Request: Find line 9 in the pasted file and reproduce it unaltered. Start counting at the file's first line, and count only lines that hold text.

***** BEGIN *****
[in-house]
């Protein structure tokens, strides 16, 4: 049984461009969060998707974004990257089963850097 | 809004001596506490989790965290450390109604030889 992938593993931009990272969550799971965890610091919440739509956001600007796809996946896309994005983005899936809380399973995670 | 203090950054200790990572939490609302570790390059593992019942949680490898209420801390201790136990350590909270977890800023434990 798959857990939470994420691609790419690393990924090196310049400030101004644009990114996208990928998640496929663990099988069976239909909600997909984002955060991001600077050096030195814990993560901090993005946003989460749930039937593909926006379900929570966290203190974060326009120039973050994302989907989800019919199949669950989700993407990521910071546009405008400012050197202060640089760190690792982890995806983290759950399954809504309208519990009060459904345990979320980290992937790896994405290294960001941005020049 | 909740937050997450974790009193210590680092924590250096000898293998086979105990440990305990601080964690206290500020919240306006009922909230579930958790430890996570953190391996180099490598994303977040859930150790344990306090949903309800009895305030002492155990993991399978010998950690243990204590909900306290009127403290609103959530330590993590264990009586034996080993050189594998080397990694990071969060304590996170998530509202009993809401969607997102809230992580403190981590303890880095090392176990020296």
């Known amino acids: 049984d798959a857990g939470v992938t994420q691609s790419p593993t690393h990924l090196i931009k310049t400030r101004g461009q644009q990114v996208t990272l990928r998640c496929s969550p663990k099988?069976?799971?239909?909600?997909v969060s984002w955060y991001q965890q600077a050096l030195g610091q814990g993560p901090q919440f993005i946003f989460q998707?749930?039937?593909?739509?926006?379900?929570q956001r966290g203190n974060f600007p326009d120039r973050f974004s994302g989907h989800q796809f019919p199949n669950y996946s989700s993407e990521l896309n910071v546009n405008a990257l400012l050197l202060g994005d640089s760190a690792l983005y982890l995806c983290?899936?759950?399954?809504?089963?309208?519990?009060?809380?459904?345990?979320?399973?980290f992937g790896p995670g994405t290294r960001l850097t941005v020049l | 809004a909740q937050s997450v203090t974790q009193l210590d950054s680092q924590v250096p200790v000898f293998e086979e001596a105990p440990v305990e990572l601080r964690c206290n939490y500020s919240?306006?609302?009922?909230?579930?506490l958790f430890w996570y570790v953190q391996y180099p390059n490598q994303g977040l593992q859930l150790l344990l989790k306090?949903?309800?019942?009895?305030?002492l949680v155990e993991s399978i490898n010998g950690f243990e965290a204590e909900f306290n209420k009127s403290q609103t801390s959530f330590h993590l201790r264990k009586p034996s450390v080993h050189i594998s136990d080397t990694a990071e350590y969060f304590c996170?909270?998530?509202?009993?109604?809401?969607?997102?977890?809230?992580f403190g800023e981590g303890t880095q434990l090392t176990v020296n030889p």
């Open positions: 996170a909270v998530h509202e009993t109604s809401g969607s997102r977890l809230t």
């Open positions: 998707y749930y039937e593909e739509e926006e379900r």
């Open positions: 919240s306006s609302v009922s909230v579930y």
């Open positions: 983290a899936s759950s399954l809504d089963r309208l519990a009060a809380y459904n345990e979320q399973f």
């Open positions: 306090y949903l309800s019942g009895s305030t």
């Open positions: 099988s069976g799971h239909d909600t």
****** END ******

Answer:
């Open positions: 099988s069976g799971h239909d909600t």